In the United States, these attempts include enticing tax credits in the Inflation Reduction Act (IRA). In Europe, they include government loans via the InvestEU program, independent member-state initiatives and an anti-subsidy investigation into Chinese automakers. The investigation aimed to prevent Chinese EV makers who source nickel from Indonesia from flooding the European market with cheap imports. In both instances, Indonesia’s reliance on Chinese manufacturers and finance in the nickel sector creates vulnerabilities for its EV ambitions.

The second challenge is more fundamental. Indonesia’s nickel reserves and industrial ambitions are at risk of being rendered less valuable by changes in battery chemistry, or the combination of materials and technologies used in the batteries themselves. Nickel is a key component in nickel-manganese-cobalt (NMC) batteries, which currently dominate the market due to advantages in range and power-to-weight. But this dominance may be fleeting.

As with most things EV-related, Tesla is the bellwether. In 2021, Tesla adopted lithium iron phosphate (LFP) batteries, with nearly half of its production models using them by the first quarter of 2022. In August of this year, Tesla CEO Elon Musk announced that the company would be transitioning most of its entry-level vehicles — Model 3 and Model Y — and its shorter-range semi-trucks to using LFP batteries. For a regional hub, Tesla chose to set up shop in neighbouring Malaysia rather than in the nickel giant.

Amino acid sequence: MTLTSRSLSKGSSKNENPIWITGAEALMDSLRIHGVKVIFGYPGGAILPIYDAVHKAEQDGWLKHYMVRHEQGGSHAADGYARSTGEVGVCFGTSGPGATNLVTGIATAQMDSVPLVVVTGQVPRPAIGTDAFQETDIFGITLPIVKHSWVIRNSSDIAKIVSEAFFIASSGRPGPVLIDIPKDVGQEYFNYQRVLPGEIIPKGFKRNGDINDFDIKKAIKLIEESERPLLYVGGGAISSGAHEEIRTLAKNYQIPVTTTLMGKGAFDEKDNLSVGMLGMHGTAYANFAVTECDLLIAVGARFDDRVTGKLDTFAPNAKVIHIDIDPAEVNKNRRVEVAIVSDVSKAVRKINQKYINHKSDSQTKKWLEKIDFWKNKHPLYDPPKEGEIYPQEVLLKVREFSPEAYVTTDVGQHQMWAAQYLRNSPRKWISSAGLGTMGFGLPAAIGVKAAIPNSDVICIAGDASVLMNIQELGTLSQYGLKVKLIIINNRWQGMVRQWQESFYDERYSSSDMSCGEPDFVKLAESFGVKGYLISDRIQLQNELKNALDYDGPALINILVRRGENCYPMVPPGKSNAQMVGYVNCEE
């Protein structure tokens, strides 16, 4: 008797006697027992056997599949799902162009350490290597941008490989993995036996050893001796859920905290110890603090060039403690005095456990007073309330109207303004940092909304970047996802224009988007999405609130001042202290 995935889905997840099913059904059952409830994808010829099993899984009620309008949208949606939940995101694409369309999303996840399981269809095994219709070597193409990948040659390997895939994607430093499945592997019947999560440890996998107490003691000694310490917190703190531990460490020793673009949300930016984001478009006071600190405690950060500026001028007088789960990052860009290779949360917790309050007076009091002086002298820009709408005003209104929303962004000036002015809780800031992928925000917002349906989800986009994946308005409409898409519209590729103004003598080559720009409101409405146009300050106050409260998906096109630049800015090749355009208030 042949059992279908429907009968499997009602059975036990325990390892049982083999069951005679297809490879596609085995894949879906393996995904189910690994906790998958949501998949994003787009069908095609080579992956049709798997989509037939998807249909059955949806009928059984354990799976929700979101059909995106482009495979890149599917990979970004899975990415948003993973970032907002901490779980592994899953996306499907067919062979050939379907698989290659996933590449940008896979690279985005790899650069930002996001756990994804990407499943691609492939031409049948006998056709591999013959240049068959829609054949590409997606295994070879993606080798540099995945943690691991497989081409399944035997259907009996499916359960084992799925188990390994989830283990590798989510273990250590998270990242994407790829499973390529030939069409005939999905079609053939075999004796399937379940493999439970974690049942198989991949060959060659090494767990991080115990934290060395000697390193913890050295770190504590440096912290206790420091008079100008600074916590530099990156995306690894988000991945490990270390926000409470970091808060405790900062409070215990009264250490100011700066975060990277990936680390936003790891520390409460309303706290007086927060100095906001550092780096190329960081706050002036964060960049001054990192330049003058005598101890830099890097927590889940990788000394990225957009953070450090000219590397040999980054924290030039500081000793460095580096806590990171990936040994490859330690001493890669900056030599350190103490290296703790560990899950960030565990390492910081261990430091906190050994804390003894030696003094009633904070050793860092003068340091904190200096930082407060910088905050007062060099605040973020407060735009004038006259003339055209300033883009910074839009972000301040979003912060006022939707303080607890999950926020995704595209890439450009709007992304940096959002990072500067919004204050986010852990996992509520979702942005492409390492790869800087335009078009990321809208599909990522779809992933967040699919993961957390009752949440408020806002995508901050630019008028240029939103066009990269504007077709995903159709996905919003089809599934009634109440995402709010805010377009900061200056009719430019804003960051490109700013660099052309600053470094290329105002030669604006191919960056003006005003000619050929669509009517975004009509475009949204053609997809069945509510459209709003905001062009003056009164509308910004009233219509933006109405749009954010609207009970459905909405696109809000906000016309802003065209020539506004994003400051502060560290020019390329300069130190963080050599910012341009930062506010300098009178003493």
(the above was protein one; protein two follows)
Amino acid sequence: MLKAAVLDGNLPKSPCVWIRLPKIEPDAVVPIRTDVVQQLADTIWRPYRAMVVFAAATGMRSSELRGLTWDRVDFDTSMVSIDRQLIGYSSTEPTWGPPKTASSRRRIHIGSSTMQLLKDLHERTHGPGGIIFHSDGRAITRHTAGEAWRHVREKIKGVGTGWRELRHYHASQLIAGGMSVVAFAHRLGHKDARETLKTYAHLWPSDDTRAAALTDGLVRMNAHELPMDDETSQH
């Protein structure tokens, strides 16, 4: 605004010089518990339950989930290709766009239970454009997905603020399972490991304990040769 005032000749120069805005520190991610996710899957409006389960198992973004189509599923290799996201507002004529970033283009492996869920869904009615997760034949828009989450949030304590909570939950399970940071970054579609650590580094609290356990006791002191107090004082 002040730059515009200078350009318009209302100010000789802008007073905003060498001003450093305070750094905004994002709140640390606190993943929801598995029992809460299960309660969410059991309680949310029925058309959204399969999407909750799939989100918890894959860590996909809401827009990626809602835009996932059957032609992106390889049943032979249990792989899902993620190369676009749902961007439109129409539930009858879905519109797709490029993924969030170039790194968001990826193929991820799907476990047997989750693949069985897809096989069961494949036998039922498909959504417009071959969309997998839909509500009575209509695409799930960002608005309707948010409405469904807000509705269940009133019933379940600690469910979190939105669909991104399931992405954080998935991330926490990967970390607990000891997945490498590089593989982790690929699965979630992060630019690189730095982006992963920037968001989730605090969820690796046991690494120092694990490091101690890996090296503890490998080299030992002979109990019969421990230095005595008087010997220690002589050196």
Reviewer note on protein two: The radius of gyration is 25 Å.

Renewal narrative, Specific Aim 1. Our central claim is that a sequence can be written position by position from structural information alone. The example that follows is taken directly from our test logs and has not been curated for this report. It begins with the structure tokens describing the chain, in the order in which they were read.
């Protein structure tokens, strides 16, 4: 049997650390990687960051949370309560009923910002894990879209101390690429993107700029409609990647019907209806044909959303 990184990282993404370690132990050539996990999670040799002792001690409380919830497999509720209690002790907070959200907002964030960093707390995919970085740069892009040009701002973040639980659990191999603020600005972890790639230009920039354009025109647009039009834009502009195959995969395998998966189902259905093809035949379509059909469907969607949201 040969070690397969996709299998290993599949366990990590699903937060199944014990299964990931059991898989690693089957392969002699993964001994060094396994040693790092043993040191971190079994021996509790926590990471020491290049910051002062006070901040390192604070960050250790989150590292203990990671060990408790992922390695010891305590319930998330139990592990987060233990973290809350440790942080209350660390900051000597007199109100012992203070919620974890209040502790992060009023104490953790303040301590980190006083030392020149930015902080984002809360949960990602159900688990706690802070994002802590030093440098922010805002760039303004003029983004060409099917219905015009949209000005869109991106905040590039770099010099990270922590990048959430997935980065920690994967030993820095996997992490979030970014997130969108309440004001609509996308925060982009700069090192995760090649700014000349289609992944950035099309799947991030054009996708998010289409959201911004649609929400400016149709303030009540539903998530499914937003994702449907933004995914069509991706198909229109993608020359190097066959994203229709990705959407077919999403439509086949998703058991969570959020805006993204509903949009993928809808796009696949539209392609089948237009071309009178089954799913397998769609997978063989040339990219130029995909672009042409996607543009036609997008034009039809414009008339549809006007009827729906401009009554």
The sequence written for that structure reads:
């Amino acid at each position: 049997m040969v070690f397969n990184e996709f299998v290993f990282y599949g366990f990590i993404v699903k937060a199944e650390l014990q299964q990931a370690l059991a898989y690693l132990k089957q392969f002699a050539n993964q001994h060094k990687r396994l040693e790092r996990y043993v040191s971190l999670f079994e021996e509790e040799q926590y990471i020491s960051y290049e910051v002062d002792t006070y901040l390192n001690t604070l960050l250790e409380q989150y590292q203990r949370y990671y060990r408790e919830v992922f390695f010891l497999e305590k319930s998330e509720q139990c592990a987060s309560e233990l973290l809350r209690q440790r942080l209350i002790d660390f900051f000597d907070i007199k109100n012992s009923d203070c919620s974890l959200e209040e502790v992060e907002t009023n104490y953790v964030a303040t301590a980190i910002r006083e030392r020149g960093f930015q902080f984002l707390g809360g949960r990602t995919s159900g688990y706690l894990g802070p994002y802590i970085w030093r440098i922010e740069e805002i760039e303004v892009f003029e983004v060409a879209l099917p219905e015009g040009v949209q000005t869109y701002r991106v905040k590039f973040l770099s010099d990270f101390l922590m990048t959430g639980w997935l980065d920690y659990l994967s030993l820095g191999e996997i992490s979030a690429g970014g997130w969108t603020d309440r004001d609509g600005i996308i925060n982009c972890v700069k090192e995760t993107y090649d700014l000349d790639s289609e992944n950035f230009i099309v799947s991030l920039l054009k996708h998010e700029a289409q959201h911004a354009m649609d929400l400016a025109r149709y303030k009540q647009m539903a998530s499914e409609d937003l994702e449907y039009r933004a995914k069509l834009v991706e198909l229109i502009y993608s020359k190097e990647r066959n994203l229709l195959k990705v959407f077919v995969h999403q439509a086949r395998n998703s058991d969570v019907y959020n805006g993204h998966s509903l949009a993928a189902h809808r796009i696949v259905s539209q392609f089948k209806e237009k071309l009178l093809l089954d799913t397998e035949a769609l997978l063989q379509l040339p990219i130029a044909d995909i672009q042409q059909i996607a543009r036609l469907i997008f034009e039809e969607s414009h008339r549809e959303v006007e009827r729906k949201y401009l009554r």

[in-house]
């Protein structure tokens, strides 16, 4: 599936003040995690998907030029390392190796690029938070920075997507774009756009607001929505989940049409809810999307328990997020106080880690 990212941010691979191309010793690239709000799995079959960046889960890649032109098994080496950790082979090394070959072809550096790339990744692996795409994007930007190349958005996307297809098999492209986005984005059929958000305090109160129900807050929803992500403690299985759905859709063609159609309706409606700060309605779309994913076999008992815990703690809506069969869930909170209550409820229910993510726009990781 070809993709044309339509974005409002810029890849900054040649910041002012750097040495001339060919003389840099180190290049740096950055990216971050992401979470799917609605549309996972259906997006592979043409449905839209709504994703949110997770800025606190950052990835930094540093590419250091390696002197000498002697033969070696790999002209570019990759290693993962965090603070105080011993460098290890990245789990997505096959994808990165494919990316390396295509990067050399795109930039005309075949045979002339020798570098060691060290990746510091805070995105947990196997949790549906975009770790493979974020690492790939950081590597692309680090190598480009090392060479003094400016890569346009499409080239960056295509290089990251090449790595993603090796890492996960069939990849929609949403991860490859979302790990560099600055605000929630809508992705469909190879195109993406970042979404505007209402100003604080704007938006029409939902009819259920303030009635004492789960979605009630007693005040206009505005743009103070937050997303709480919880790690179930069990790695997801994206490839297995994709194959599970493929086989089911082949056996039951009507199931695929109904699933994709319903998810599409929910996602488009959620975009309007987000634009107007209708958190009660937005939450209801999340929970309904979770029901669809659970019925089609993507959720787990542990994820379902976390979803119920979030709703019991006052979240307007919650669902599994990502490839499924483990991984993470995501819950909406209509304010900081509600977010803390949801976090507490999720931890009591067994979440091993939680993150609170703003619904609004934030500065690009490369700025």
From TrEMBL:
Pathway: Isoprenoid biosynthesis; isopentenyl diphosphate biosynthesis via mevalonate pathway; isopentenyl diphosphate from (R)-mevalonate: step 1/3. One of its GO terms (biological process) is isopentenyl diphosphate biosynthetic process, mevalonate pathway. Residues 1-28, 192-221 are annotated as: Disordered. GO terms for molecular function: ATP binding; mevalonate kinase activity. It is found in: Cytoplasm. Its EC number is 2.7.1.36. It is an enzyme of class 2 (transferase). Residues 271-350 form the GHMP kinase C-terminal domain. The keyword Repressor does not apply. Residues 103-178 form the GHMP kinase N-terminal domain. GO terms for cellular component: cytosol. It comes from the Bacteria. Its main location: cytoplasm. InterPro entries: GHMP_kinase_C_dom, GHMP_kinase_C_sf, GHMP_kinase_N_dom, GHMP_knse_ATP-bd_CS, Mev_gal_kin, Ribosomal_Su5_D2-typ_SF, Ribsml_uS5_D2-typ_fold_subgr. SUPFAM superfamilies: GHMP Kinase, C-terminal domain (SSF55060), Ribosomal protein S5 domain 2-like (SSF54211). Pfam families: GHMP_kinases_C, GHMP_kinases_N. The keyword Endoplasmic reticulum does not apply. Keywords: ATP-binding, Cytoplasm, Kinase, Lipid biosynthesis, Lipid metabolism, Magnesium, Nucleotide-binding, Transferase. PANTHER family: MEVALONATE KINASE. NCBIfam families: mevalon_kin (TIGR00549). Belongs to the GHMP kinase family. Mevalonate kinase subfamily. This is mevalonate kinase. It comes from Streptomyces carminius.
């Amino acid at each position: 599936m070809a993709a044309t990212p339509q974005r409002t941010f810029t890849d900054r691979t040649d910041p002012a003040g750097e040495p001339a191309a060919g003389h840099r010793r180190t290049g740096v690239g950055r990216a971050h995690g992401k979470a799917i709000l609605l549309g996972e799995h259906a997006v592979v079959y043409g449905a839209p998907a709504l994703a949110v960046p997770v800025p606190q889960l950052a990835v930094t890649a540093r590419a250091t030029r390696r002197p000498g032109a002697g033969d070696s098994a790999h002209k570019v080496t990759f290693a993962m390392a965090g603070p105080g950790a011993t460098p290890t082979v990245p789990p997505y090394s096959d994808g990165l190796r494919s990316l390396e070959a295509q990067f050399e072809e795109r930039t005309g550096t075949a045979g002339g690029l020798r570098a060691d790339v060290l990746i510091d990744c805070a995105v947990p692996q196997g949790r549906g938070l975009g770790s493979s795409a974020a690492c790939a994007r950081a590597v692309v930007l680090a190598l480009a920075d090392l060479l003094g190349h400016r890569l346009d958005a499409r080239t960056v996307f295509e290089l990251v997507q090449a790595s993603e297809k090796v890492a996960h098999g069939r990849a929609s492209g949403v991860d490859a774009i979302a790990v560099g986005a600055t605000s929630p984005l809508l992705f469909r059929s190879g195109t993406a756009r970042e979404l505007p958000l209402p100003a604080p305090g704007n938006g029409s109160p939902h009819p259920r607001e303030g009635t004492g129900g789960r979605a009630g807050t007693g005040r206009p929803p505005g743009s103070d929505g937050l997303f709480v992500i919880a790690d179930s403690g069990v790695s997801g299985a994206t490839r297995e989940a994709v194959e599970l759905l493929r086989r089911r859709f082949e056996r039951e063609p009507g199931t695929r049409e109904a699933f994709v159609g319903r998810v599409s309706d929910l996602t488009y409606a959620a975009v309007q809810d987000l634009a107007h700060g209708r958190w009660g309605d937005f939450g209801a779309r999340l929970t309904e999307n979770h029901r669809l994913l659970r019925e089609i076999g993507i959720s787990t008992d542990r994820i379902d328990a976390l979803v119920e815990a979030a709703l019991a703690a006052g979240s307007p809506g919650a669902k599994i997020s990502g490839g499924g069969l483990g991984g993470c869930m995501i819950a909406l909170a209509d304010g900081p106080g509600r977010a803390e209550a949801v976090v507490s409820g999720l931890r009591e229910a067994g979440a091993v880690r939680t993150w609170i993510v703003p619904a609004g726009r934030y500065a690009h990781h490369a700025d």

Tesla did not invent or even bring to market the first EVs, but it popularised and democratised them. Its move toward LFP batteries is one major reason that S&P Global forecasts that after 2030 the dominance of NMC batteries will wane in favour of LFP batteries. LFP batteries offer less range and high-end performance. But they are also less prone to catching fire and are made of much more globally abundant and cheaper raw materials. For most EV users, LFP batteries provide more than enough range and power.

This forecast does not include the effects of potentially market-disrupting frontier technologies like sodium-ion and solid-state batteries, upon which Toyota has placed a heavy bet. These technologies would further depress the relative demand for nickel. There will still be a market for NMC batteries in performance-oriented EVs offering pavement-wrinkling torque and acceleration. But the global market in the future may be smaller than the current one – and with technology, disruption is rarely linear. The market may change even more quickly than S&P anticipates

For Indonesia to sustain nickel as an engine for growth and development within these landscapes, its priority should be to cultivate closer relationships with the United States and the EU. These markets and their comparatively affluent consumer bases will drive an appetite for higher-performance, NMC-based EVs. Indonesia’s relationship with the EU is seemingly on track to expand, with shared ambitions to conclude negotiations on a comprehensive Indonesia–EU free trade agreement (FTA) before Indonesia’s 2024 election.

The outlook regarding the United States is less straightforward. In September, Indonesian President Joko Widodo proposed a critical minerals trade agreement with the United States during talks with Vice…

Source : Rethinking Indonesia’s nickel policies to power economic growth